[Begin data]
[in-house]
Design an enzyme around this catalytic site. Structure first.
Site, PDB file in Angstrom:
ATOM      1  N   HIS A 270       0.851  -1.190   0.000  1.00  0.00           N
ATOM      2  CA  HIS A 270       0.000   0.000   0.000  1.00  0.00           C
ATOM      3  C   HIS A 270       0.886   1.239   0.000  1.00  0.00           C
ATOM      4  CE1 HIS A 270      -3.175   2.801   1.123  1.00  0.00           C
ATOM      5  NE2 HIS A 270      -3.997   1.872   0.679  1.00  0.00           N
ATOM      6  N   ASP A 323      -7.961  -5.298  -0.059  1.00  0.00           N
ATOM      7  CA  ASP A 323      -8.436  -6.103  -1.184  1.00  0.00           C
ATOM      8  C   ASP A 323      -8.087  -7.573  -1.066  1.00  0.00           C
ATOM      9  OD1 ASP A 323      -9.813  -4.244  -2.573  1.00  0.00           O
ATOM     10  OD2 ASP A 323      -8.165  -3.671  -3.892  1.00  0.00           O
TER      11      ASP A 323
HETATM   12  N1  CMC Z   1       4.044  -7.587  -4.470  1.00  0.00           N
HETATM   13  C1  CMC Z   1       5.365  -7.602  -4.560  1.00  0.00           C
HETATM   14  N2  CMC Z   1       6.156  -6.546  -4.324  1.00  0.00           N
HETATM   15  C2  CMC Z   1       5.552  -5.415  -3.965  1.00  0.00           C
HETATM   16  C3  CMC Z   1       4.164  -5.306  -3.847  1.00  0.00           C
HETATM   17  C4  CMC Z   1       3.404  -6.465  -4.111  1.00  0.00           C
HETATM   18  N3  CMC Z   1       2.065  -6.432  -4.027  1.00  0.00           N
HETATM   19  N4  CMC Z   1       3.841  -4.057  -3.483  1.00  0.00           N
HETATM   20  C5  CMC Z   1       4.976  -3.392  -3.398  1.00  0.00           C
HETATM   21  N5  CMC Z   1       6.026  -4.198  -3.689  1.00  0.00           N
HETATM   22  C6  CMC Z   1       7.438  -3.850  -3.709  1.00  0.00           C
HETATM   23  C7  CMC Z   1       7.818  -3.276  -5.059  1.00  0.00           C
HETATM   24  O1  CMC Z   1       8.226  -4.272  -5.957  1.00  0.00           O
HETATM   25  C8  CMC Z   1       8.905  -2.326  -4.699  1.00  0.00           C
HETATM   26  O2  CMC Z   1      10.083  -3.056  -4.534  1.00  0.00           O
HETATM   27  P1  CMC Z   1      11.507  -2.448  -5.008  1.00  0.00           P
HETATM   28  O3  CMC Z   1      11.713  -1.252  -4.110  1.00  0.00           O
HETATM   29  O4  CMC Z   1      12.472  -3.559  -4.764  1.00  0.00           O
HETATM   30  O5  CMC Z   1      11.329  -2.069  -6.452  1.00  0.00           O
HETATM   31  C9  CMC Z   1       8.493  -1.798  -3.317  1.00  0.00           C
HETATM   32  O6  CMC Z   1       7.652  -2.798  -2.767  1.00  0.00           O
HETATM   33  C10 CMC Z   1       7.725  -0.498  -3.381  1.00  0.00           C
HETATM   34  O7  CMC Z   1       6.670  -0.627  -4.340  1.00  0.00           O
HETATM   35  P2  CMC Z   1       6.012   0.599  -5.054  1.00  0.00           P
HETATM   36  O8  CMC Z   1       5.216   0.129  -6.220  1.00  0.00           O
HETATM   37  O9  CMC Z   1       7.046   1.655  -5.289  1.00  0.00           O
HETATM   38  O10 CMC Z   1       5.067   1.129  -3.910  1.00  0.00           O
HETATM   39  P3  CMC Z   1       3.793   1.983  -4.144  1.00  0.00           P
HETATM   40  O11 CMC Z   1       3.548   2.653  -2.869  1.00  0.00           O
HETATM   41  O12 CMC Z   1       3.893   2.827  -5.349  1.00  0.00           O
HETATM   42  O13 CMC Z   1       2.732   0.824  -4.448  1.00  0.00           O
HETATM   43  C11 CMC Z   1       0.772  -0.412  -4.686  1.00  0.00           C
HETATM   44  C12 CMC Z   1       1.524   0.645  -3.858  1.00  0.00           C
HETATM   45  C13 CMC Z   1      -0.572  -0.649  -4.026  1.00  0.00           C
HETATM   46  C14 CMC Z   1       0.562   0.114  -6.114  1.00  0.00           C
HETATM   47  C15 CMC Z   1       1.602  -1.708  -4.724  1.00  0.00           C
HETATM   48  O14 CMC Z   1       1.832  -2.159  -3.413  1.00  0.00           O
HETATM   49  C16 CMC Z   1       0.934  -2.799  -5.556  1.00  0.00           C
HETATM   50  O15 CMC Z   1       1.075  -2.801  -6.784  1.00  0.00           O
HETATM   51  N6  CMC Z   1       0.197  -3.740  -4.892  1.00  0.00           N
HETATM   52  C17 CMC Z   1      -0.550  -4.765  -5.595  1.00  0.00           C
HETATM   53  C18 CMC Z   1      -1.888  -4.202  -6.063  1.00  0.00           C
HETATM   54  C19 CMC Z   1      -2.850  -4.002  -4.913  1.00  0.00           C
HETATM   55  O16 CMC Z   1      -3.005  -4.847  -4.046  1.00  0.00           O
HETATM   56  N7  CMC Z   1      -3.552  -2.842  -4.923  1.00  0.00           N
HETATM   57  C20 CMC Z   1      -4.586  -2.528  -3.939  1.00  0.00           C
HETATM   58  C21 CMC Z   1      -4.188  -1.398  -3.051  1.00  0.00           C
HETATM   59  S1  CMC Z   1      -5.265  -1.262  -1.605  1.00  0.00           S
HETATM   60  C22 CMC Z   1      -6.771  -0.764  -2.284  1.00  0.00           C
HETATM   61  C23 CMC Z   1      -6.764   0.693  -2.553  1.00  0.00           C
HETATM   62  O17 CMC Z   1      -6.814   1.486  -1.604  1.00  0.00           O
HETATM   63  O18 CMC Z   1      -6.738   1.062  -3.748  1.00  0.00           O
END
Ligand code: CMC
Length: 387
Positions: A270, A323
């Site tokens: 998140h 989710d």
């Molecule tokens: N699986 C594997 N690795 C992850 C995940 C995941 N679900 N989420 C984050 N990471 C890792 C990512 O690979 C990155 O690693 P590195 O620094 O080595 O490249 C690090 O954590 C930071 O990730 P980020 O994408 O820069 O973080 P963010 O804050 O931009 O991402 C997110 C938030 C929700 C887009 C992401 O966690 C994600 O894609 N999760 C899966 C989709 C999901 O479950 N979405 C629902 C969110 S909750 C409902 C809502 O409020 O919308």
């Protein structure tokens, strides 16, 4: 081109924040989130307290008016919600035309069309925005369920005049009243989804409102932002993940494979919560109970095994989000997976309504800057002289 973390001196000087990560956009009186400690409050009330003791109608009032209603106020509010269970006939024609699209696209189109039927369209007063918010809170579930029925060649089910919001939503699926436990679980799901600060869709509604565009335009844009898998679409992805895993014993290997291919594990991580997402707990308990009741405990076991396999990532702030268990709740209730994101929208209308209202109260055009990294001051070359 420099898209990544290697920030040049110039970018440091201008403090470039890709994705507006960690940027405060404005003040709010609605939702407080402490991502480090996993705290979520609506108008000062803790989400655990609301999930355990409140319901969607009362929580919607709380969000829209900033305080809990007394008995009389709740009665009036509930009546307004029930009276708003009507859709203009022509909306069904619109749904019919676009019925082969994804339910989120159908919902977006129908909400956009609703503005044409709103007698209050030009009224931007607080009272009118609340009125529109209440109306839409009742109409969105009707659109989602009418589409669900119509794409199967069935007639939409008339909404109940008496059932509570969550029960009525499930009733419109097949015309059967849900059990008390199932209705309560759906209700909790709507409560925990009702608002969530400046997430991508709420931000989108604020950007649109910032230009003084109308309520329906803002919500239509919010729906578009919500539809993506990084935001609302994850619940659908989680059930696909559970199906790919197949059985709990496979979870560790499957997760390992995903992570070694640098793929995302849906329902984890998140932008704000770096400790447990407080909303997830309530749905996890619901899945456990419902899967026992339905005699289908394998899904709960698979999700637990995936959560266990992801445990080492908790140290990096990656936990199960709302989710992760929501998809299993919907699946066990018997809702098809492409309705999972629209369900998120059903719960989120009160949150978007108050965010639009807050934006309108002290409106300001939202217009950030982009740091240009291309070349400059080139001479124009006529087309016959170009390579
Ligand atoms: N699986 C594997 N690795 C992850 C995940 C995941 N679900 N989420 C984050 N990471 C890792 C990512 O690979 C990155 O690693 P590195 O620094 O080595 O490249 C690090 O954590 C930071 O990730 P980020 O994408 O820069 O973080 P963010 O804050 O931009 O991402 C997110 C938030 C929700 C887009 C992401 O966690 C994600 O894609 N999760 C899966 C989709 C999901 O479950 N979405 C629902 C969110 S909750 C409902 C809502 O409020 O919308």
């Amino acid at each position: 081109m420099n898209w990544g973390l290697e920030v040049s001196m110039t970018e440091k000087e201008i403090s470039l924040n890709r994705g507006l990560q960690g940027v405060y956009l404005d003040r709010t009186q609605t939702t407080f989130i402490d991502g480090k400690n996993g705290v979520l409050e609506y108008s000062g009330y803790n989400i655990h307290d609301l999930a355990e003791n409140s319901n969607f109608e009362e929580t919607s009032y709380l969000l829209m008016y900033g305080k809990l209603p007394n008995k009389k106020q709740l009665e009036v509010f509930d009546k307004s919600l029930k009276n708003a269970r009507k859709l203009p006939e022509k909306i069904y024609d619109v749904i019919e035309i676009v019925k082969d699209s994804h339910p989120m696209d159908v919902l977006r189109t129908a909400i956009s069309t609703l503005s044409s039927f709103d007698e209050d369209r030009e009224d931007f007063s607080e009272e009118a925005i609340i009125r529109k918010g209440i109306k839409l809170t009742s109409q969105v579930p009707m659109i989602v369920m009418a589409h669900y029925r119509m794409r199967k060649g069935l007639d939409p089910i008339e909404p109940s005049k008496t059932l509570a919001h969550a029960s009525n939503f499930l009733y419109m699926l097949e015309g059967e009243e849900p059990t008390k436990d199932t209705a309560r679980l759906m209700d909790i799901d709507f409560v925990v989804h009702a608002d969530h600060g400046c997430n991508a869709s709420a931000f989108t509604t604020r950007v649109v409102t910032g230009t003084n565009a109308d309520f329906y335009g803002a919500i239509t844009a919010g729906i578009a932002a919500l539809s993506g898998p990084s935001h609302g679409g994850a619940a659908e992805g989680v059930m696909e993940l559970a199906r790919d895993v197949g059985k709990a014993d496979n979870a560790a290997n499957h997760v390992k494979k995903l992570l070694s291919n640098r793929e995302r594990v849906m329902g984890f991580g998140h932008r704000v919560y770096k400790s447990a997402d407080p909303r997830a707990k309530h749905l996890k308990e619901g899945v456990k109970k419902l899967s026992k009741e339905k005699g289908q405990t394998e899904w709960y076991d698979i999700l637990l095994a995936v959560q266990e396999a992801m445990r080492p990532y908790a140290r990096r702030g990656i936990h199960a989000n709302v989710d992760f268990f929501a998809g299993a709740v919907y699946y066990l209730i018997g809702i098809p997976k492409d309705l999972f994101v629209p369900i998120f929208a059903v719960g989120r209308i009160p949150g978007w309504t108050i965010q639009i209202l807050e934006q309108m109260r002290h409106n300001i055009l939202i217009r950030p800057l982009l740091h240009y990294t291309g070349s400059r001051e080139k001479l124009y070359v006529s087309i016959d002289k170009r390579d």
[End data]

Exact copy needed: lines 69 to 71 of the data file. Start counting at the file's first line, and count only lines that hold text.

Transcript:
Length: 387
Positions: A270, A323
């Site tokens: 998140h 989710d």